It wasn't until recently that I started to rethink this. Why am I letting the MPAA determine what I think is appropriate or inappropriate to view? Here are the things they list on their website that help them determine a movie's rating: "sex, violence, nudity, language, adult topics and drug use." They have more specific guidelines of course. But, are these the only things to consider when evaluating the merit of a movie for our children's viewing? I think all of us would say no.

The MPAA ratings give us a quick reference point for movies we have never seen or heard of, but we need to be sure to do more investigating into the films we let our children watch. Beyond "sex, violence, nudity, language, adult topics and drug use," there are many other things that we should be wary of being portrayed in films. These include: lust, extramarital romance, jealousy, anger, lying, disrespecting parents/authorities, divorce, underage alcohol use, gossip, selfishness, vengeance, etc. (just to name a few)--all of which at one time or another are glorified, or at least shown in a neutral (rather than a negative) light, in films our children might view. This type of content might not raise the eyebrows of the raters at the MPAA, but surely they should raise ours as Christian parents. We are called to train our children in godliness, and it's a subtle but powerful temptation for children to adopt the world's view of these things when the movies they watch are depicting them neutrally or positively.

The example of extramarital romance is one that immediately comes to mind. How many times in movies do we see a spouse who is taken for granted by their spouse (and possibly who has split up with them) find "true love" with someone else who treats them well--almost as if it's courageous to leave their marriage partner for this person? And we almost root for the affair or the divorce if we're not careful. The movie "Definitely, Maybe" is a specific PG-13 example of this for those of you who have seen it...How many times (even if it's not depicted on the screen, but only implied in the storyline) is pre-marital sex depicted as normal, romantic, and even desirable? These are the types of things we must be careful of our children viewing--especially without conversation about them.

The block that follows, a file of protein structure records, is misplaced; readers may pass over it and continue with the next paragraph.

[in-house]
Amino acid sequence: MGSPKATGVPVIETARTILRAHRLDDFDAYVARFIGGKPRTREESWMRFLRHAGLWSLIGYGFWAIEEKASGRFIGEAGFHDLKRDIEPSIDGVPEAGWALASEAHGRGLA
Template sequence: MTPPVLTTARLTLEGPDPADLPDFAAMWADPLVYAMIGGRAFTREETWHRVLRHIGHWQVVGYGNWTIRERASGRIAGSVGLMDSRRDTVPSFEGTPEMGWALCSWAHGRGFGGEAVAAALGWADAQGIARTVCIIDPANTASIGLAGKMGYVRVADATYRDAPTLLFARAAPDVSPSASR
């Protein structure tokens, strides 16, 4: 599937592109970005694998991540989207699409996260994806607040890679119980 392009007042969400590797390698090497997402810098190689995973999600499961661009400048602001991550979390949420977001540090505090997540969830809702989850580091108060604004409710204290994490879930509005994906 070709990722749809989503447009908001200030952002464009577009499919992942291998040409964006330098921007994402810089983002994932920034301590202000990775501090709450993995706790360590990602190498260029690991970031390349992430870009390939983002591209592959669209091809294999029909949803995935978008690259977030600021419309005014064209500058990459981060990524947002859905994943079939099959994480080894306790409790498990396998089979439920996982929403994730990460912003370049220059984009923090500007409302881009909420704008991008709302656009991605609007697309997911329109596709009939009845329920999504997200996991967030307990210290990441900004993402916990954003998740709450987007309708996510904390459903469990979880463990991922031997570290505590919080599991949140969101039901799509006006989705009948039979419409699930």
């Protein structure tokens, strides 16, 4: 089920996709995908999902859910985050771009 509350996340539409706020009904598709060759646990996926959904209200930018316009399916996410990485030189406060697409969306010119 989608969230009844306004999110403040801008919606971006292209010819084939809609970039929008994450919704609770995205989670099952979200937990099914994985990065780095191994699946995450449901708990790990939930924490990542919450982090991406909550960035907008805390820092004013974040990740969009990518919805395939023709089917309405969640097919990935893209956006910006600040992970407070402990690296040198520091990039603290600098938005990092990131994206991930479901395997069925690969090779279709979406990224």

Lest I sound like some crazed fundamentalist who just touts what you should NOT let your children view, I want to turn to the flip side of the coin briefly...The positive upshot of this is that we need to teach our children to view and be entertained by what is godly and beautiful and good. Paul says to the Philippians, "whatever is true, whatever is honorable, whatever is just, whatever is pure, whatever is lovely, whatever is commendable, if there is any excellence, if there is anything worthy of praise, think about these things" (Phil. 4:8, ESV). These are the types of things we are to help our children set their mind--and their eyes--on. There is plenty of this in movies out there, as long as we are intentional. Children can see depictions of courage, love, forgiveness, grace, hard-work, purity, etc.--even in movies that are not explicitly Christian. Our goal should be to expose them to these true, honorable, just, pure, lovely, commendable, excellent themes that are worthy of praise.

And the motivation behind our choice of entertainment should be the gospel.

We are sinful people who are naturally rebels and enemies of God. Our children (and us) instinctively think in worldly ways and crave worldly things--even in entertainment. We have all done everything we can to rebel against God and earn punishment for ourselves. Our minds are darkened. But God sent Christ to live perfectly and innocently and to ultimately take His wrath on the cross for the sins of people like you and me (sins that include the entertainment I selfishly choose for myself). And if we trust in Him, we are forgiven and made into new people--people with new hearts and new desires and new eyes to see the world for what it truly is. We are people who are called to serve our Savior in every aspect of our lives. There is no neutral ground. So even in our entertainment, we need to evaluate whether our choices are bringing honor to our Savior and leading us to greater obedience to Him--or whether they are subtly leading us and our children to continue down the path of disobedience and worldliness.